Anyone interested in their diet, health and wellbeing may have heard a lot about the Mediterranean diet. Anyone who has experienced some health issues for example high blood pressure, stroke or stroke risk and diabetes, and have received dietary advice may also have heard about the Mediterranean diet. The Mediterranean diet has received a lot of press over the years and more so recently, so you only have to read the newspaper to see many different people advocating a Mediterranean diet is good for our health. But what exactly is a Mediterranean diet and why is it supposed to be good for our health?
What is a Mediterranean diet?
The Mediterranean diet, it could be argued, is not just about food, it’s more like food and a certain lifestyle. How can lifestyle effect our wellbeing? The concept of a Mediterranean lifestyle encompasses a variety of different actions. The warmer climate in Southern Europe does help with certain aspects of the way of life of the people who live there.
Lifestyle is important
Take for example exercise, it can sometimes feel easier to exercise when the weather is warm and sunny, however it can get very hot in the summer time in Spain, Italy and Greece for example. In the UK, whilst the weather is more unpredictable, just getting outside and exercising can bring many health benefits, especially being in nature such as woodland is proven to improve mental health and overall wellbeing. According the Mind, the mental health charity, spending time outside in a green environment and bringing nature into everyday life can benefit both physical and mental wellbeing (Mind, 2018)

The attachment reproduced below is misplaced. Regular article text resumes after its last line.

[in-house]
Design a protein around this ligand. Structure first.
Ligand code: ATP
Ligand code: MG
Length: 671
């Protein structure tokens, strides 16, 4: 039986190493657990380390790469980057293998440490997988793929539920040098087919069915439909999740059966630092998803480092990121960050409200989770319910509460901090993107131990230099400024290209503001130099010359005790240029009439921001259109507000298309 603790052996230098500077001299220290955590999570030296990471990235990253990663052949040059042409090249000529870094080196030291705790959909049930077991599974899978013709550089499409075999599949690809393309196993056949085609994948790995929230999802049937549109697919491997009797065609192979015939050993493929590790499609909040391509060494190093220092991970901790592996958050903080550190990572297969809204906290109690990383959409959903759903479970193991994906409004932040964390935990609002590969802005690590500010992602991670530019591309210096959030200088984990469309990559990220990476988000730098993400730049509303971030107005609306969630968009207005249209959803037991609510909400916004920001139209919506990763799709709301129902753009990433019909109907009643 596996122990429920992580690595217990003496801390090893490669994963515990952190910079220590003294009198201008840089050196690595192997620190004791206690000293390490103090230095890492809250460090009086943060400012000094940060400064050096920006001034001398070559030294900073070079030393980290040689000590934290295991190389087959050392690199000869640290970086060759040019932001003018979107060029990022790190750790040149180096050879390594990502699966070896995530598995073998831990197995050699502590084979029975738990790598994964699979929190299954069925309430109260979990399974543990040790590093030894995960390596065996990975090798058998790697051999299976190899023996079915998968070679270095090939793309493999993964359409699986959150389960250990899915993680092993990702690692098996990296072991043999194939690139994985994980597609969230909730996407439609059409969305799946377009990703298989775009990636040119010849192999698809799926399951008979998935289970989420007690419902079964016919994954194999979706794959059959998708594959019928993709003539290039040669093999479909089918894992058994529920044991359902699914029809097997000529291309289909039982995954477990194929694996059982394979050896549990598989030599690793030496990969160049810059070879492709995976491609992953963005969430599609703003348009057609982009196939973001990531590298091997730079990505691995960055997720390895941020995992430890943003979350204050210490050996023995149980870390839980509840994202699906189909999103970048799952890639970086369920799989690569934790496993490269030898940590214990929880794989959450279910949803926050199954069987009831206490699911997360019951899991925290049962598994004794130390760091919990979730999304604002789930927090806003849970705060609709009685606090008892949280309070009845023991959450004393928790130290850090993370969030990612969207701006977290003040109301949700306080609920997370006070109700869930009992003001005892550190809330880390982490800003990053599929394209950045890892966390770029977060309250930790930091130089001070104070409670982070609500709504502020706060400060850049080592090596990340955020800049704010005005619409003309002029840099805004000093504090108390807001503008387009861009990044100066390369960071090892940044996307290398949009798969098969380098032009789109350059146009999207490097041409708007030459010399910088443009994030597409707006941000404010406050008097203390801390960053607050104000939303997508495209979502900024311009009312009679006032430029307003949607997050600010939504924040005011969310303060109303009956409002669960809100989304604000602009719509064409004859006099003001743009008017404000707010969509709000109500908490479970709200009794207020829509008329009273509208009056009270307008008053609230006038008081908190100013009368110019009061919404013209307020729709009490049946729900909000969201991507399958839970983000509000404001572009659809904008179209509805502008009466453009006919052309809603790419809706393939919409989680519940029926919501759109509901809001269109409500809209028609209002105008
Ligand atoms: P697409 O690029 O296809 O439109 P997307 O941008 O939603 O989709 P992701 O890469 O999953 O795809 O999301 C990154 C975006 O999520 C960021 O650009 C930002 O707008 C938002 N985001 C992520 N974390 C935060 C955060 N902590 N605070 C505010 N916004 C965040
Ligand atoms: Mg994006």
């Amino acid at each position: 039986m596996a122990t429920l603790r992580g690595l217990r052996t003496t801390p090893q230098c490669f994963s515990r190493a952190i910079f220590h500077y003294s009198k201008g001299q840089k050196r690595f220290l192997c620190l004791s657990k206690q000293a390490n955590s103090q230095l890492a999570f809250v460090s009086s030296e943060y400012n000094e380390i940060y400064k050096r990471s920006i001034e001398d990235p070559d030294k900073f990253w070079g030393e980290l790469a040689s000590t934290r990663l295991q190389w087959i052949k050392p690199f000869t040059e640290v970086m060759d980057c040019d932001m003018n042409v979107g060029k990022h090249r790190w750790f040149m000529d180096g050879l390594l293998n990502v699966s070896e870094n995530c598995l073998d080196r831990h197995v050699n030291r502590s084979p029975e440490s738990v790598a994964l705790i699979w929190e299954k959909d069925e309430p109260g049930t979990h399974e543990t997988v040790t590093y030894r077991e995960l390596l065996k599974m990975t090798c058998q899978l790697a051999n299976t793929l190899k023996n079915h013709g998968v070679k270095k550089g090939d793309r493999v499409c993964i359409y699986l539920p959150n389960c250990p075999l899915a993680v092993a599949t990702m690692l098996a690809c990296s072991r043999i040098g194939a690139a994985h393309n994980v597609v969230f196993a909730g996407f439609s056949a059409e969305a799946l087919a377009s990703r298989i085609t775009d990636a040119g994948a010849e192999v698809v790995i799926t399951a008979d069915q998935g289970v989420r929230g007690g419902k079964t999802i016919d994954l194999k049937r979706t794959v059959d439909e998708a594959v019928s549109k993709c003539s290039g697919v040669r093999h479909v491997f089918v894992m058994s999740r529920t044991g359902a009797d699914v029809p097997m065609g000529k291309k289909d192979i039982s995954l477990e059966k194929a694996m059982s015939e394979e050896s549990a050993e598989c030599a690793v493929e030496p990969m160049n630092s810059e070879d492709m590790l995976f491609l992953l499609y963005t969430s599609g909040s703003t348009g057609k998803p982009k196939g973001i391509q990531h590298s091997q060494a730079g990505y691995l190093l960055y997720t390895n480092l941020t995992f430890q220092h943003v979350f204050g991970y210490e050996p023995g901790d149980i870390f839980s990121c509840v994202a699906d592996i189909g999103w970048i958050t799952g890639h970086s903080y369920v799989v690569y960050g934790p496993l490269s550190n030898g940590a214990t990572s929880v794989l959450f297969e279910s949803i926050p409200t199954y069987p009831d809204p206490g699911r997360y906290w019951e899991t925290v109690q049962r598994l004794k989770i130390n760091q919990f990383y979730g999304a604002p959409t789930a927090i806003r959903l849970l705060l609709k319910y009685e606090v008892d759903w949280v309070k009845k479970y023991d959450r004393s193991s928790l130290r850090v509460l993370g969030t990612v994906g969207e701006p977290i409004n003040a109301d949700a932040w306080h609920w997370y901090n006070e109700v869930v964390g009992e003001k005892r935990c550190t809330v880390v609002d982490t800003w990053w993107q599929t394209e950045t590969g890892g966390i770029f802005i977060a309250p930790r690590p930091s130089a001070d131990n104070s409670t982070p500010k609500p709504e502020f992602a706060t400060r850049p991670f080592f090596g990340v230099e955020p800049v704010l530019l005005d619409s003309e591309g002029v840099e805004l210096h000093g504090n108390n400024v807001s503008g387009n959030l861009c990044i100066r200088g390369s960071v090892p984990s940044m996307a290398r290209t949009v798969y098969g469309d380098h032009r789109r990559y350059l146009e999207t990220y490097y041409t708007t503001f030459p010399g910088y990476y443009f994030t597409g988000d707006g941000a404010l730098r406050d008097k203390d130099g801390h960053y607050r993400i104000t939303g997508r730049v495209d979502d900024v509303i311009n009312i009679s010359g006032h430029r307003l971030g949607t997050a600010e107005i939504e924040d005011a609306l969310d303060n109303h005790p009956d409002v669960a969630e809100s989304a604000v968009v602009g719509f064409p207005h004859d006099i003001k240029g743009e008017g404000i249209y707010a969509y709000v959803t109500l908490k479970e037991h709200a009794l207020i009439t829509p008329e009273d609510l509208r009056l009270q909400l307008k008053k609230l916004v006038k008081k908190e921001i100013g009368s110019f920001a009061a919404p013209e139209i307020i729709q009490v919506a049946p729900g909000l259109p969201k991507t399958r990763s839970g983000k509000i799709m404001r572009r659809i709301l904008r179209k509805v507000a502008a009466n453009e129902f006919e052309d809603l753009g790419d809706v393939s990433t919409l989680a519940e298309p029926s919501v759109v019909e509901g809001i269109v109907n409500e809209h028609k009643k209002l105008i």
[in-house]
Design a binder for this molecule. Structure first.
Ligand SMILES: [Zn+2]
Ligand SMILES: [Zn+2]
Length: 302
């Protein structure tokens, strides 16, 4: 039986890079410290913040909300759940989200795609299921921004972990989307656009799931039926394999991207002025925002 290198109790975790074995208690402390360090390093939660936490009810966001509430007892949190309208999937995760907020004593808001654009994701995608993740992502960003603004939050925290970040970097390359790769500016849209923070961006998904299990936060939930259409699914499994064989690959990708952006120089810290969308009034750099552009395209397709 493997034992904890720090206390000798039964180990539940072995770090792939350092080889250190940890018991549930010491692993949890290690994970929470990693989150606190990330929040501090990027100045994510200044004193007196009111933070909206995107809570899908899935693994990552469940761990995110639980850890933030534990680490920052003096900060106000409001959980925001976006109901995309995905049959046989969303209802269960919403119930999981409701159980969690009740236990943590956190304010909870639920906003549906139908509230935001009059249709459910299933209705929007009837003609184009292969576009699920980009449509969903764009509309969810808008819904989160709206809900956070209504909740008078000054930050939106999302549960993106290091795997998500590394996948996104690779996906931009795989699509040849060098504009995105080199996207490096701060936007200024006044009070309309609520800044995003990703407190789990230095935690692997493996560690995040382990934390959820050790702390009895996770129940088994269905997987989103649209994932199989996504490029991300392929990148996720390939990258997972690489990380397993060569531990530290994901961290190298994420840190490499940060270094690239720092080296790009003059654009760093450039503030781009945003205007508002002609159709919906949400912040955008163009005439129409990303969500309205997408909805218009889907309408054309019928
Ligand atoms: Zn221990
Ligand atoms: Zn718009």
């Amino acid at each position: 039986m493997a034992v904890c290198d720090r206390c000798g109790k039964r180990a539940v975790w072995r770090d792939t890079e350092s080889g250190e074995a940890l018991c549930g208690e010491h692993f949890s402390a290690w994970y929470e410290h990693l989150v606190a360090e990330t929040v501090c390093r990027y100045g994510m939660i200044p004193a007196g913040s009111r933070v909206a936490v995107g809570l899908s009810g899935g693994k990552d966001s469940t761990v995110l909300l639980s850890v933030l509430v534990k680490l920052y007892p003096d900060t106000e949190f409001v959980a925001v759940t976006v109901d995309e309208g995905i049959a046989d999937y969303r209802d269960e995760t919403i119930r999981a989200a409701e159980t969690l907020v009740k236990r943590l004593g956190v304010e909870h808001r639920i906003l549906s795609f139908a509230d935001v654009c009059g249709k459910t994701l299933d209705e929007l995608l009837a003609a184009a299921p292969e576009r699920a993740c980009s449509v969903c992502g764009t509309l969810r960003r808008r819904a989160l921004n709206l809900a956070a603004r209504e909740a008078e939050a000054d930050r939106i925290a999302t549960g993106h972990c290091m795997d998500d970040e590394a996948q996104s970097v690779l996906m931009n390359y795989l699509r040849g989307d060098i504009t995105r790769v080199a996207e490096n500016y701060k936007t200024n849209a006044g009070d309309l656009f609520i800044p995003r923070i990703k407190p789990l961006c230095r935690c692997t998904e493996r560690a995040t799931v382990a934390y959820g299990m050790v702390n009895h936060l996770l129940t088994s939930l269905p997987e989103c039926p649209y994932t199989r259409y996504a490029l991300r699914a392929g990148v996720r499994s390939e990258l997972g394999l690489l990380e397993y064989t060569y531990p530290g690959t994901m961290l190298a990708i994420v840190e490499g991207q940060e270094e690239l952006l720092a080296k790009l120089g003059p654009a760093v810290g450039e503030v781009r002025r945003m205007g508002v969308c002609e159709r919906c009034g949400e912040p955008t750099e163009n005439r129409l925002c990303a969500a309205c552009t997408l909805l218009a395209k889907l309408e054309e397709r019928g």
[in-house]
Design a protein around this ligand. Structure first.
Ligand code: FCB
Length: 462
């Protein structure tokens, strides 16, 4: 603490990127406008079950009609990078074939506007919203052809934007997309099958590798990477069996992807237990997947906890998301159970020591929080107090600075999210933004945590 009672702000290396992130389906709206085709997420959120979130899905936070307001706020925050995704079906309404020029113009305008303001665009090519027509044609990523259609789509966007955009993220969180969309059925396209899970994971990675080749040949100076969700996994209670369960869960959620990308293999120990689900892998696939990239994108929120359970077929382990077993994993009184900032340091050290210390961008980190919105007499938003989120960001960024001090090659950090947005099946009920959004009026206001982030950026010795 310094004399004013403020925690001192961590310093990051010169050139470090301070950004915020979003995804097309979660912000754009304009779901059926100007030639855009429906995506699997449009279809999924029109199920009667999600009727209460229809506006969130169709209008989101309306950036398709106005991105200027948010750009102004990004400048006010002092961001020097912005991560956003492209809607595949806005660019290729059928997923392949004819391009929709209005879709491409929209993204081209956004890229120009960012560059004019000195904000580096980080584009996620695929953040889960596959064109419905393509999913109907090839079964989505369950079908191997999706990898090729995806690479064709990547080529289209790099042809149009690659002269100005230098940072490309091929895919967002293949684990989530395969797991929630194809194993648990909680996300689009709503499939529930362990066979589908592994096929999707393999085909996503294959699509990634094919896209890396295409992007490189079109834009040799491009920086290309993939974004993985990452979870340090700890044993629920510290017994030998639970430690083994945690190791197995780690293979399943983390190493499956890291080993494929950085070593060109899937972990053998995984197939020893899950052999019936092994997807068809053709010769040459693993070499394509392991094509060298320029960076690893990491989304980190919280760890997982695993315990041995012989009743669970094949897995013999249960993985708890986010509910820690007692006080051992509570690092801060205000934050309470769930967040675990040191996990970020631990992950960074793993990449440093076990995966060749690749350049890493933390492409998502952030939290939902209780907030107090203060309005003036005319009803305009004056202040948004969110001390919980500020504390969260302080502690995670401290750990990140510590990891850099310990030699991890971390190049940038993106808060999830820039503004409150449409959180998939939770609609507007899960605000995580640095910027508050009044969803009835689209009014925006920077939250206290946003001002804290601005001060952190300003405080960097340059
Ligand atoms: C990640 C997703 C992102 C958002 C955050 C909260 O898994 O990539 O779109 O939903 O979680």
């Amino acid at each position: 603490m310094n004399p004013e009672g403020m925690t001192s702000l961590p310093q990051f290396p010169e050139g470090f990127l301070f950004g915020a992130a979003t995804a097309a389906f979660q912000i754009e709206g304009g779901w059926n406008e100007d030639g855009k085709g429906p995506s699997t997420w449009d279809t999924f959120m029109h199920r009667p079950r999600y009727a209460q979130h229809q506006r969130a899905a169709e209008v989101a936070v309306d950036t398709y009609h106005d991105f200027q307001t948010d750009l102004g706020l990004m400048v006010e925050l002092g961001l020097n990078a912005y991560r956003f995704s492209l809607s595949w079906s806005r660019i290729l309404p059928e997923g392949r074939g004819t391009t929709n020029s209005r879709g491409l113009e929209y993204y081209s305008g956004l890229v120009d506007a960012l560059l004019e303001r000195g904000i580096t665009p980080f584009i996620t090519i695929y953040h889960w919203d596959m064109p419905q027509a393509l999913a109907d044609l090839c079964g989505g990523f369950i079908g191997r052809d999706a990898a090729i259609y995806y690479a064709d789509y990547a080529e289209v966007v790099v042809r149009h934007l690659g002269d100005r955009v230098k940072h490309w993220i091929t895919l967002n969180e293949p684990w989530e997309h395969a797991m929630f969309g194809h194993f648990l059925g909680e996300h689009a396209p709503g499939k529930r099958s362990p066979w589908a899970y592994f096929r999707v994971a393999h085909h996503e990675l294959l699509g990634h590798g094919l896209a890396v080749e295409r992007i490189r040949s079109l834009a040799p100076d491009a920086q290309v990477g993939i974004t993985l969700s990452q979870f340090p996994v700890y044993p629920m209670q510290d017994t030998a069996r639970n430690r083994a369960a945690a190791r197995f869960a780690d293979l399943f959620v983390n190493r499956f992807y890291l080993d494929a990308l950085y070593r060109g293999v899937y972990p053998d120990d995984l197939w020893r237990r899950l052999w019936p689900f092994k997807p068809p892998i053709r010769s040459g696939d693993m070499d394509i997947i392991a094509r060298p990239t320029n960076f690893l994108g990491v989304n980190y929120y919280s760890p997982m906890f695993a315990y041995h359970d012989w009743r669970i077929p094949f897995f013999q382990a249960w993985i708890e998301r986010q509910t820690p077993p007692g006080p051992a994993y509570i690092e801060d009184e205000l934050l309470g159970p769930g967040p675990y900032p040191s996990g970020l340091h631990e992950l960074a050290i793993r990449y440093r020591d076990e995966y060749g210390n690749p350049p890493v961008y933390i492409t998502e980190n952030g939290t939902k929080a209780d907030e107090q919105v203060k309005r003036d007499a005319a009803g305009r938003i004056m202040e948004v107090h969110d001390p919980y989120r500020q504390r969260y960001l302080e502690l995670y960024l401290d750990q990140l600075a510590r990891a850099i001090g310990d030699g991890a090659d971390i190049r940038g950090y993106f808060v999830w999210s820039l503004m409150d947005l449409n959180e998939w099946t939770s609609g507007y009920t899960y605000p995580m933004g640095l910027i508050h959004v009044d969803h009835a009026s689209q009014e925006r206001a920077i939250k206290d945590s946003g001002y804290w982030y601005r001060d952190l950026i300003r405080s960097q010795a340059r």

Another aspect of the Mediterranean lifestyle, is about eating together a family. Sitting down to at least one meal a day as a family around the table, without any distractions such as mobile phones, can help with family dynamics and relationships, set a good example to younger members of the family that eating at regular times has benefits and setting aside a set time to eat helps with digestion.
Fresh ingredients, not processed are best
Cooking food using fresh ingredients carries many health benefits and does not have to be complicated or time consuming. Whilst everyone is leading more frenetic lifestyles including those people leaving in the Mediterranean, taking some time out to cook meals from scratch is much healthier than eating processed fast food. Typically, our friends in the Mediterranean are better at doing this, than us in the UK. Why is that? Maybe this behaviour is learned from older generations who play important roles in the family dynamic long into old age.
Fresh fruit and vegetables
When it comes to the types of foods eaten in Southern Europe we hear that it includes lots of fresh fruit and vegetables. Fresh fruit and vegetables contain high levels of many nutrients including vitamins A, B complex, C, E and K and minerals such as iron, calcium, zinc, magnesium and selenium. All of these vitamins and minerals are key to maintaining good health such as a strong immune system, wound healing, strong teeth and bones, healthy nervous system healthy skin, hair and nails. Fresh fruit and vegetables are an excellent source of antioxidants which help reduce inflammation and remove free radicals from our body.
Healthy fats and plenty of fibre